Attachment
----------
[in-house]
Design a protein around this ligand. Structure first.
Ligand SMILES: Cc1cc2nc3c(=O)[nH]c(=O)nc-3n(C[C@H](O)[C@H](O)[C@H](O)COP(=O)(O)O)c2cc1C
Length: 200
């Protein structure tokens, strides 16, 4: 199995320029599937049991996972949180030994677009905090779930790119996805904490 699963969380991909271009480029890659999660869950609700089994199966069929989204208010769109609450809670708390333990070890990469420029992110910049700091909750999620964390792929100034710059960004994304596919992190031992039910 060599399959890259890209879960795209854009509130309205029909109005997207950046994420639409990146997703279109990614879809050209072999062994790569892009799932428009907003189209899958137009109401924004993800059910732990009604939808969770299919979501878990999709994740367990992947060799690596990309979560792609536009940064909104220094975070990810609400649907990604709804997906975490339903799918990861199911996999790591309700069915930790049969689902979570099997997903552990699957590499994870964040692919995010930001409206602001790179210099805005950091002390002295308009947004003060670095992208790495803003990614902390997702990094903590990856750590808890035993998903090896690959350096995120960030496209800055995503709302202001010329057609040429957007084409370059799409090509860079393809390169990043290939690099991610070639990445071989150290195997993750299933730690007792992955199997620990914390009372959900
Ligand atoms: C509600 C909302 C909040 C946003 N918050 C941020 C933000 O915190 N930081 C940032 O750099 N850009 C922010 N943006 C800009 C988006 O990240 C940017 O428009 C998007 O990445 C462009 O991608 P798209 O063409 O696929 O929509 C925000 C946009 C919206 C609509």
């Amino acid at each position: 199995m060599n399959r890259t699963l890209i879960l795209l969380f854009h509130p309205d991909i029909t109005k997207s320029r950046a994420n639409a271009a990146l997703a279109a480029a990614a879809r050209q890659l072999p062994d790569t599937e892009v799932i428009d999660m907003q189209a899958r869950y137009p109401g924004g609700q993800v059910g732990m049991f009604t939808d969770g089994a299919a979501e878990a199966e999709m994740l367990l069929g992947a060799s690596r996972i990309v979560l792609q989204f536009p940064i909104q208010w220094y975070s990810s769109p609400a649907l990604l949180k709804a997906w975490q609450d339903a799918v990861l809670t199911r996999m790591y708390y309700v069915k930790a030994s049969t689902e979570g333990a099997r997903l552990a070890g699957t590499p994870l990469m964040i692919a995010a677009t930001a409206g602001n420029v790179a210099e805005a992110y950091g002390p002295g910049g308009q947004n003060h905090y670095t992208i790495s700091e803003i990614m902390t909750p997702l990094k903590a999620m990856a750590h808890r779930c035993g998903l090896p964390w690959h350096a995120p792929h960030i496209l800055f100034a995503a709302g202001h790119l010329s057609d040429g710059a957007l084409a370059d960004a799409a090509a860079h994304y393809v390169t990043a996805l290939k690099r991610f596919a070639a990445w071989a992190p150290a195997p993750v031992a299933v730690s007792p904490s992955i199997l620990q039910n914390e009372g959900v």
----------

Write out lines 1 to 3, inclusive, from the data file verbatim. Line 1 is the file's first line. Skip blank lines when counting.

[in-house]
Design a protein around this ligand. Structure first.
Ligand SMILES: Cc1cc2nc3c(=O)[nH]c(=O)nc-3n(C[C@H](O)[C@H](O)[C@H](O)COP(=O)(O)O)c2cc1C